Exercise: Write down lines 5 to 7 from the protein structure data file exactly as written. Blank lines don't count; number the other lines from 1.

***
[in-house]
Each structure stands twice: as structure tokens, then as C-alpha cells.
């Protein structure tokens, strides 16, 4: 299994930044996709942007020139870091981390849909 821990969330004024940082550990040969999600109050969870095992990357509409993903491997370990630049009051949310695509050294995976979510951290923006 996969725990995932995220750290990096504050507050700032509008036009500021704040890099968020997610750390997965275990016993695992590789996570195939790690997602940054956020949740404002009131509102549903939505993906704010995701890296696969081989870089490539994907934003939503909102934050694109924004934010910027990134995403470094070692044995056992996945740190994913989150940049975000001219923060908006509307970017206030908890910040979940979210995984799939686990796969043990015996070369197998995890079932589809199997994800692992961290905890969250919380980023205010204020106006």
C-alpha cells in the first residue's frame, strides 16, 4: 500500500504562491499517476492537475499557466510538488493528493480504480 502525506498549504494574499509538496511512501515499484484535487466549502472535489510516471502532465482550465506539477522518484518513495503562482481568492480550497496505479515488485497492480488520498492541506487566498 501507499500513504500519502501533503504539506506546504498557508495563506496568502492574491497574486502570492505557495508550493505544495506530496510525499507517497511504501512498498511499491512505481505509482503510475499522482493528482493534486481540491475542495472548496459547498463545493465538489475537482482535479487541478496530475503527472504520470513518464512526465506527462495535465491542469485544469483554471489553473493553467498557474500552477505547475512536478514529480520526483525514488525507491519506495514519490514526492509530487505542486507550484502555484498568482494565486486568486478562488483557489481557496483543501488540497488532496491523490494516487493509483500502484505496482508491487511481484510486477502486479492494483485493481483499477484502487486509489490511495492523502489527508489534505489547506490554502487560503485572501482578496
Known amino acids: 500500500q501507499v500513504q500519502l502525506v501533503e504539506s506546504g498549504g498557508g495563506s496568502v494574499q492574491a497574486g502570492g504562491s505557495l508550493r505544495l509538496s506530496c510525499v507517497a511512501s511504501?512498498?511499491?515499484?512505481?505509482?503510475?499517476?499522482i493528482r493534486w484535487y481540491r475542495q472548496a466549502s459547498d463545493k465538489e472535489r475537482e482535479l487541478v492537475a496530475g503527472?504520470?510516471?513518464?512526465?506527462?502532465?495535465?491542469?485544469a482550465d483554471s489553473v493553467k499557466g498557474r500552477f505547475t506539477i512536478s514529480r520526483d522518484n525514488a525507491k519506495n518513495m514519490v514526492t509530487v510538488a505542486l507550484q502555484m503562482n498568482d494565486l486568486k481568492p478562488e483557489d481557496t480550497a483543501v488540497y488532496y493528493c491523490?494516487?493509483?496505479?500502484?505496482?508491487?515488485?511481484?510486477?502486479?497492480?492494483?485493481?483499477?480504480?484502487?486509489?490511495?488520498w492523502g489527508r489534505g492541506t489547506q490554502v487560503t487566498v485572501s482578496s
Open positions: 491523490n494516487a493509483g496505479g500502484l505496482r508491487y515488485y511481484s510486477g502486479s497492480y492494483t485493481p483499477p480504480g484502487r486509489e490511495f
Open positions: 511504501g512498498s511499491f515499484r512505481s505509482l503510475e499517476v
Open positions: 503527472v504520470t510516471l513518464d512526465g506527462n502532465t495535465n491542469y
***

Known amino acids: 500500500q501507499v500513504q500519502l502525506v501533503e504539506s506546504g498549504g498557508g495563506s496568502v494574499q492574491a497574486g502570492g504562491s505557495l508550493r505544495l509538496s506530496c510525499v507517497a511512501s511504501?512498498?511499491?515499484?512505481?505509482?503510475?499517476?499522482i493528482r493534486w484535487y481540491r475542495q472548496a466549502s459547498d463545493k465538489e472535489r475537482e482535479l487541478v492537475a496530475g503527472?504520470?510516471?513518464?512526465?506527462?502532465?495535465?491542469?485544469a482550465d483554471s489553473v493553467k499557466g498557474r500552477f505547475t506539477i512536478s514529480r520526483d522518484n525514488a525507491k519506495n518513495m514519490v514526492t509530487v510538488a505542486l507550484q502555484m503562482n498568482d494565486l486568486k481568492p478562488e483557489d481557496t480550497a483543501v488540497y488532496y493528493c491523490?494516487?493509483?496505479?500502484?505496482?508491487?515488485?511481484?510486477?502486479?497492480?492494483?485493481?483499477?480504480?484502487?486509489?490511495?488520498w492523502g489527508r489534505g492541506t489547506q490554502v487560503t487566498v485572501s482578496s
Open positions: 491523490n494516487a493509483g496505479g500502484l505496482r508491487y515488485y511481484s510486477g502486479s497492480y492494483t485493481p483499477p480504480g484502487r486509489e490511495f
Open positions: 511504501g512498498s511499491f515499484r512505481s505509482l503510475e499517476v